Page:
Tesla May Need $10 Billion in Funding by 2020, Goldman Says

May 17, 2018
While Tesla has options to issue new bonds, convertible notes or equity, each choice would have downsides for investors, Goldman Sachs said.

Elon Musk may need to tap capital markets for more than $10 billion by 2020 to fund Tesla Inc.’s auto-making operations, new products and expected expansion into China, according to Goldman Sachs Group Inc.

While Tesla has options to issue new bonds, convertible notes or equity, each choice would have downsides for investors, Goldman analyst David Tamberrino said in a research note on May 17.

“We see several options available to the company to refinance maturing debt and raise incremental funds, which should allow Tesla to fund its growth targets,” Tamberrino wrote. “However, issuing incremental debt (including priming current creditors with secured debt) may weigh on the credit profile of the company while issuing additional equity or convertibles at lower premiums would dilute current shareholders.”

A Tesla spokesman declined to comment.

Cost Cutting
Musk, who co-founded the electric-car maker and serves as chairman and CEO, is cutting costs to avoid raising capital this year. He insists he won’t have to and cut off analysts who asked probing questions on a conference call this month.

The company has struggled to meet production targets with what was intended to be its first mass-produced vehicle, the Model 3, and burned through more than $1 billion in the first quarter.

Goldman joins a growing chorus of investors and analysts who see additional financing as not only wise, but vital. Moody’s Investors Service, which downgraded Tesla’s credit rating further into junk in March, expects Tesla will need to raise about $2 billion to offset cash burn this year and account for debt maturities through early 2019. CreditSights has a similar expectation, though that could be less if the company follows through on its production targets or borrows through its bank credit line.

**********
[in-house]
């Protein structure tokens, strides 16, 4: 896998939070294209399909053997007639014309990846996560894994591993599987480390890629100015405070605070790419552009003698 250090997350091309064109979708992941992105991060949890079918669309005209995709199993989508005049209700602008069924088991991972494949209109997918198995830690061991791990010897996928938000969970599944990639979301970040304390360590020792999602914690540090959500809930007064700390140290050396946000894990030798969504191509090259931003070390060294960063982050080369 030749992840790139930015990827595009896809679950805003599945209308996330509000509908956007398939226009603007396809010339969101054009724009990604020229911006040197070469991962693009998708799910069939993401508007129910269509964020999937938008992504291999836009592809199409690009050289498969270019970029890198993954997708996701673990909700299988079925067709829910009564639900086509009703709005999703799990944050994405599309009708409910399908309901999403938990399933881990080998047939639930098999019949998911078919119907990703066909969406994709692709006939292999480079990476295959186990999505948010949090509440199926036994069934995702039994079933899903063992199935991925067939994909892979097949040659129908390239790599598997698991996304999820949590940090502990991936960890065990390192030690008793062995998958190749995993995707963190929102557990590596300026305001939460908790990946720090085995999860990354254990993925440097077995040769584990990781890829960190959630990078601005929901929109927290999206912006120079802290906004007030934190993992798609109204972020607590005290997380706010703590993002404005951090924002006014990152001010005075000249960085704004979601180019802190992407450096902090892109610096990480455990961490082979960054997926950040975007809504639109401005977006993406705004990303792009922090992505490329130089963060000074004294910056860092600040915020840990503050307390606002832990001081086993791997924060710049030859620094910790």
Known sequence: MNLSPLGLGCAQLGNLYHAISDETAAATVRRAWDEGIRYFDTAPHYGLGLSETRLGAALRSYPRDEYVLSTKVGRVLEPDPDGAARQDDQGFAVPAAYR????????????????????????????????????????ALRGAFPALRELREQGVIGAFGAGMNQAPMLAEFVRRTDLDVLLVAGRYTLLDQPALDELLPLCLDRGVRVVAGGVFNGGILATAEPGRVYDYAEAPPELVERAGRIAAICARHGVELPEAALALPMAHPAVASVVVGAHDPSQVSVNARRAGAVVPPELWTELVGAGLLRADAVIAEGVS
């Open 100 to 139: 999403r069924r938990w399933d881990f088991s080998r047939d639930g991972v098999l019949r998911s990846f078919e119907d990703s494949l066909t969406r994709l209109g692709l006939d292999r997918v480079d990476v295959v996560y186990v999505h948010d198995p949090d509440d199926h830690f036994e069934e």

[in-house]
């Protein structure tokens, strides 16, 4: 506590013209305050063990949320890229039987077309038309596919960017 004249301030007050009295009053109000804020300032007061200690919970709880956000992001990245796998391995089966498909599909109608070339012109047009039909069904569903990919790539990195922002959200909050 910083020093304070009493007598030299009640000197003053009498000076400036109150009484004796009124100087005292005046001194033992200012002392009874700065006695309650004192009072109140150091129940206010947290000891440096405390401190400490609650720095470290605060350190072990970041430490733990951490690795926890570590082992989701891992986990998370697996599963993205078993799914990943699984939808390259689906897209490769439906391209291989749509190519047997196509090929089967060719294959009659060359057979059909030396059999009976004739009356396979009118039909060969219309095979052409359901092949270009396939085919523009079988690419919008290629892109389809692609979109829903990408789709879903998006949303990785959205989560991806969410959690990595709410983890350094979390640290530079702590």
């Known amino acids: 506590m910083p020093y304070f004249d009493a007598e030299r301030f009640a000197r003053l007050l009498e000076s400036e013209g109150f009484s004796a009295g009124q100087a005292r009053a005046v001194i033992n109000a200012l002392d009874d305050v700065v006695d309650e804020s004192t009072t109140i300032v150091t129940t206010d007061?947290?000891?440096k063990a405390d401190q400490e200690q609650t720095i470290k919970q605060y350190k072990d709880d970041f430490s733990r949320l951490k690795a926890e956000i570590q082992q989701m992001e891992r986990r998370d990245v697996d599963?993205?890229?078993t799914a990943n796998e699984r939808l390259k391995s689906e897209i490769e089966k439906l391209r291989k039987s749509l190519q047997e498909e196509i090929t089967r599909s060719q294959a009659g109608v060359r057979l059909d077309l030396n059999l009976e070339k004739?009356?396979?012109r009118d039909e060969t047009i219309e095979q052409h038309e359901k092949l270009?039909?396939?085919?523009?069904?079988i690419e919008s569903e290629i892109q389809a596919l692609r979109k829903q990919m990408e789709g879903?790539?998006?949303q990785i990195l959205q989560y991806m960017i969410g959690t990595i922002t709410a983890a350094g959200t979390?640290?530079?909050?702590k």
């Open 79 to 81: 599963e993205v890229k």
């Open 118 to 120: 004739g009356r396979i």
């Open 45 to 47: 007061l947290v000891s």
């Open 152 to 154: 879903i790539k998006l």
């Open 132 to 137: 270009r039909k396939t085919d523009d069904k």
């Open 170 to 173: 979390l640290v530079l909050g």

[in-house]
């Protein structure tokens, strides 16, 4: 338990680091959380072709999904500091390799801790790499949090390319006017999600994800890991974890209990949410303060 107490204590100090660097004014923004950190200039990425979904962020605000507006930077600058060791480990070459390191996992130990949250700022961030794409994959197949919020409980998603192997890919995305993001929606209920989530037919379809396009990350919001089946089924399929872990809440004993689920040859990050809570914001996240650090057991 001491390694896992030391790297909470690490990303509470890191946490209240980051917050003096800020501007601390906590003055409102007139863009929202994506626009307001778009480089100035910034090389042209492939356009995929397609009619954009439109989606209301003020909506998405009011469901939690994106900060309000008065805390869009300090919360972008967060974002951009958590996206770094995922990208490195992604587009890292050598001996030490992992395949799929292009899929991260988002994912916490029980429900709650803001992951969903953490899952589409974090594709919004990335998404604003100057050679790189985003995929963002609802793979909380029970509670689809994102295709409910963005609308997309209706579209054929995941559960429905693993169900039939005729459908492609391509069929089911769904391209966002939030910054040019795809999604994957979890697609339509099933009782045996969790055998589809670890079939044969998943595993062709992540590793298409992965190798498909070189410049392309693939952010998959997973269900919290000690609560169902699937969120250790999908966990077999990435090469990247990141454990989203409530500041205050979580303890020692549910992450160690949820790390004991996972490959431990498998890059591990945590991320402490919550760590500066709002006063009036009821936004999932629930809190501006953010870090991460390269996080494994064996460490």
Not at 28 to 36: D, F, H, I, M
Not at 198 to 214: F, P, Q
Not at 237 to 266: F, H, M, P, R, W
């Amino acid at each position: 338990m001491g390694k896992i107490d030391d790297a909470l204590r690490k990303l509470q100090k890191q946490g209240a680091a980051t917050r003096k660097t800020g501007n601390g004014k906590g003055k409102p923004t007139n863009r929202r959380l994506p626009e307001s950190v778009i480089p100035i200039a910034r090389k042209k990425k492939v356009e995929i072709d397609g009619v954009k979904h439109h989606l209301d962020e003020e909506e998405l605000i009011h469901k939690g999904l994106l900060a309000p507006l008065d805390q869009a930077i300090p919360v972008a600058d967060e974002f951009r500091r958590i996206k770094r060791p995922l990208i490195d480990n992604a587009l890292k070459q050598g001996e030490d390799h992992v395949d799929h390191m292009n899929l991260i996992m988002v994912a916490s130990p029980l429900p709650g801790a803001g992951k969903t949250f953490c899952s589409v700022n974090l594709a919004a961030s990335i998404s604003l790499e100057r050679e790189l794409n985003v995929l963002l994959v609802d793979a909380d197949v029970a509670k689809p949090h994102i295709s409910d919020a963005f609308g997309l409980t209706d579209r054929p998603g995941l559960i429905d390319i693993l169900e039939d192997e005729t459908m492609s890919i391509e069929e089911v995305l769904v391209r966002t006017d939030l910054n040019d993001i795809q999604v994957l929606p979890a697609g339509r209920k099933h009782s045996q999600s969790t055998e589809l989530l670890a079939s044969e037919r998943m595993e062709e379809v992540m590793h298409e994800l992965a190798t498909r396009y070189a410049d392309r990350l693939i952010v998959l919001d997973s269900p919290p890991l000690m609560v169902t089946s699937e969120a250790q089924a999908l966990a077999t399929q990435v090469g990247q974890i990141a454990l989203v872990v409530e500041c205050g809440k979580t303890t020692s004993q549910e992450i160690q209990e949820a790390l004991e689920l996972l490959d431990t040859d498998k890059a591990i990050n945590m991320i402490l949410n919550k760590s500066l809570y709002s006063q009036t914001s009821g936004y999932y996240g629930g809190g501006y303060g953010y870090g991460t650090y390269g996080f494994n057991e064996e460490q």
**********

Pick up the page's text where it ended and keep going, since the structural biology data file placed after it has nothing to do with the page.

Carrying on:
‘Mathematically Correct’
“Tesla’s view that it doesn’t require a debt or equity raise this year is mathematically correct, but highly imprudent from a credit and risk perspective if followed,” Bloomberg Intelligence analyst Joel Levington said in a report last month.

Musk said in July 2016 that Tesla’s ambitions could cost tens of billions of dollars. He added that he didn’t plan on spending billions more right away after a tour of the company’s battery factory in Nevada, which was under construction at the time.

The company set up a unit in China this month, taking a step closer to producing electric vehicles and batteries in the country for the first time.

The shares gained 0.6 percent to $288.07 as of 11:25 a.m. on May 17 in New York, and are down about 7.4% this year, giving the Palo Alto, Calif.-based company a market value of nearly $49 billion. Its 5.3% bonds due 2025 were last quoted at 87.25 cents on the dollar, according to Trace bond-price data.

Goldman’s Tamberrino recommends selling Tesla shares, and sees them slumping 32% to $195 over the next six months. The stock has 10 buy ratings, 11 holds and 9 sells, according to data compiled by Bloomberg.

By Anthony Palazzo and Molly Smith

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Licensed content from Bloomberg, copyright 2016.

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